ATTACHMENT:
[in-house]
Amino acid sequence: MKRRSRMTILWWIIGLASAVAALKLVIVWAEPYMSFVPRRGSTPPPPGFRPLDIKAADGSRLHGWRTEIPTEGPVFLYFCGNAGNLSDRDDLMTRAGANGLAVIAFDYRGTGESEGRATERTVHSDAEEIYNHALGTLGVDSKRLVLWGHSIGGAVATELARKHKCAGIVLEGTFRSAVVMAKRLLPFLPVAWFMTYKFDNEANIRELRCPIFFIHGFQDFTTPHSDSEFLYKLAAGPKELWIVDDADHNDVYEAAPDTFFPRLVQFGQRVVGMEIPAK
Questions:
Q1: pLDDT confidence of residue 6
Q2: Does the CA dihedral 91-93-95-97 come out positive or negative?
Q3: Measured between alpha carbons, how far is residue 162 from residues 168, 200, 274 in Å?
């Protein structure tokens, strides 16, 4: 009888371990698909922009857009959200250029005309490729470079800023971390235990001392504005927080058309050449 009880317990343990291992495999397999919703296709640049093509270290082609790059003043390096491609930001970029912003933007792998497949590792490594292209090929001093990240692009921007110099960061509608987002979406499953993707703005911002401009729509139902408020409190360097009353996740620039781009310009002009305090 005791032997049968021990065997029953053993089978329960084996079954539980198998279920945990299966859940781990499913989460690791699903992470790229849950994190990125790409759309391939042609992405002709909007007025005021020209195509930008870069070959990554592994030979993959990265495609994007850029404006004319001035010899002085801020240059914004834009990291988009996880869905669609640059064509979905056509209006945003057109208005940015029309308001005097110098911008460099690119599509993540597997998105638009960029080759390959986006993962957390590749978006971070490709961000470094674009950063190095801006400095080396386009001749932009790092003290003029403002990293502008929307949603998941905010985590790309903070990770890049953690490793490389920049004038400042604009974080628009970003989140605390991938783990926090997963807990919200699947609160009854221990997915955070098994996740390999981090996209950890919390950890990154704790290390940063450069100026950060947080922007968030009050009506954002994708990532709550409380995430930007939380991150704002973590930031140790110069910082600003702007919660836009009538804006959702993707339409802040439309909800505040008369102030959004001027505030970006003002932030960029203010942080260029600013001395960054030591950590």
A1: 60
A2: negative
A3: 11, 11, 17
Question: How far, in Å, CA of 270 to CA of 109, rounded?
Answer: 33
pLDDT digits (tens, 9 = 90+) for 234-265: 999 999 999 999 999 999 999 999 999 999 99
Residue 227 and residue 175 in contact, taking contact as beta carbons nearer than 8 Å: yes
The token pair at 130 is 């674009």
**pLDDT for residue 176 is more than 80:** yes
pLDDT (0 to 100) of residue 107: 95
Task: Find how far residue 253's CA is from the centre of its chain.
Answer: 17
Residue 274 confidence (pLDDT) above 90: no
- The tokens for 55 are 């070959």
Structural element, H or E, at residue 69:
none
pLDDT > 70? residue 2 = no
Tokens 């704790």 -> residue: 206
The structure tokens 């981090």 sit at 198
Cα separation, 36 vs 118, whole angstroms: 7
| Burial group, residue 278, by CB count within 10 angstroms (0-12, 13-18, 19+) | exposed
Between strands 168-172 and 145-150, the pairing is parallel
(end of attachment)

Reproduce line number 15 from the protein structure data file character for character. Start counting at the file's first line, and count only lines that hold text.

The token pair at 130 is 């674009």